For instance, the now famous “Apero saucisson pinard” held on June 18th, 2010 in Paris. To do this, we put under the sunlights a character, Sylvie Francois, who presented herself to the media as a resident of the Goutte d’Or, shocked by the illegal Muslim prayers organized by militant Islamist on the streets of her neighborhood. She then proposed to organize an “Apéritif saucisson pinard” to protest publicly against the Islamization of our country.
The announcement provoked a real scandal in the mass media and let no other alternative to the government to react to the real scandal, the illegal occupation of several streets of Paris for prayers organized by Islamist. The liberal press and the intellectual pundits denounced an unacceptable provocation intended to stigmatize the Muslim presence in France.
Finally, the television broadcast images of prayers in the street and the general public discovered a fact that was left in the dark for a long time. Our intervention has helped to arise awareness among the French and enabled ordinary people to speak freely about the Islamization of our land.
Our initiative evolved to be an outstanding success.
A few months later, we several members of the French political class integrated our discourse in their own. Then Claude Gueant, Interior Minister, announced a ban on Muslim prayers in the streets. Meanwhile, in an Ifop / Le Monde’s poll, 68% of the French considered the integration of people of Muslim origin a failure. This poll illustrates two important points: we are in harmony with the French and we play a crucial role in the awakening of our people.
Our operation « Apéro géant saucisson et pinard à La Goutte d’Or » was an astonishing success and validated our methods and concepts.
8. Is the theatrical nature of your protests designed to grab media attention? How successful have they been? How did you develop this style of campaigning?
Our purpose is to be present everywhere, to wage a permanent media war on the news front, to appear as the grain of sand in the gears of the system and to win victories bringing hope to our people.
The Bloc identitaire today is the movement with the know-how to use provocation to open a public debate. But the real challenge is not to stage an action, is to let it know to the general public. We achieved that goal thanks to our mastery of the Internet. We have activists versed in new technologies that could be called “dissidents 2.0″. With the development of web 2.0, every activist can become a medium in its own and become an individual force of opposition. Thus, we produce our own news content, which are then picked up by mainstream media. For example, is what happened with the invasion of a muslim fast food. Our video was relayed by large French TV channels to become the buzz of the week.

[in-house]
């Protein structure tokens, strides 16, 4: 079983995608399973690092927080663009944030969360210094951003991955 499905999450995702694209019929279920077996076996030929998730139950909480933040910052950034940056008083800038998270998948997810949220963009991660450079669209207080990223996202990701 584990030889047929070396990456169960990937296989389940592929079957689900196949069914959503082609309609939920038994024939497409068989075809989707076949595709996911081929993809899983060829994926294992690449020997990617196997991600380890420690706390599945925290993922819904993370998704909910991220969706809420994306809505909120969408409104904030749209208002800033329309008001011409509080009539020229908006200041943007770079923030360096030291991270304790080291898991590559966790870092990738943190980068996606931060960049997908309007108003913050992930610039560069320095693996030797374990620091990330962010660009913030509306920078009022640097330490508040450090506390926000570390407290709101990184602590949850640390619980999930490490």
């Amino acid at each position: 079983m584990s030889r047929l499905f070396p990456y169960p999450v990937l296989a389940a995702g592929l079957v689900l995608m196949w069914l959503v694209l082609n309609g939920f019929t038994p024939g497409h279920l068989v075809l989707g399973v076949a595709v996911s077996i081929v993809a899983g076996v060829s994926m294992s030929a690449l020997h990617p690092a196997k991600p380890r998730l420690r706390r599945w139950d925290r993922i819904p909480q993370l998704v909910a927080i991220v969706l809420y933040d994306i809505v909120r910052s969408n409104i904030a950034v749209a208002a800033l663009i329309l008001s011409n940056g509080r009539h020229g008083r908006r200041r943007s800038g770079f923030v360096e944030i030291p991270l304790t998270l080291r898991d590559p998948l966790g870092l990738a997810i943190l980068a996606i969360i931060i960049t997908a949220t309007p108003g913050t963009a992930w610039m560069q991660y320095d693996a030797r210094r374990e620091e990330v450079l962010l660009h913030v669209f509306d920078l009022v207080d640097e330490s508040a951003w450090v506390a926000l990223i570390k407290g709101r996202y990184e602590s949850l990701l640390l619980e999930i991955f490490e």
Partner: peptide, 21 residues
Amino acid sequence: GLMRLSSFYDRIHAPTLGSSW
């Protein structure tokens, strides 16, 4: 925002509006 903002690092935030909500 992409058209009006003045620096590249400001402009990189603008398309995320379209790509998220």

I often say that the street and computer networks are our offices. On the ground, close to our people, we are also launching our web appeals to traditional values.
9. Could you discuss the response to the soupes identitiares from the other parties, the media and the legal system? Did you except the response you received? By using contentious acts do you hope to promote media coverage even if it isn’t favourable? Would you prefer no media coverage or negative media coverage?
When you are in the middle of rough political action, we must accept the idea of being reported – sometimes agressively and in a biased way – by the media and violently denounced by your opponents. The plain facts we report are not always pleasent to the ears of our elites. But we think that today has opened a big gap between the few who govern us – the world hyper class – and the true french people.
The latter is no longer taken in by some lies, he can learn through other channels – including through websites réinformation – it is sensitive to the straight-talking and those who speak their words by transcribing what ‘they suffer on a daily basis. Until recently, a study Ifop / Paris Match / Europe 1 (November 2011) revealed that 76% of French people think that Islam is growing too. Our opponents may well denounce us and we try to criminalize. The fact remains that if they speak to us – even negatively – they make us better known to the general public. However, recent surveys show that a majority of the general public is more in tune with us on issues such as immigration and Islam …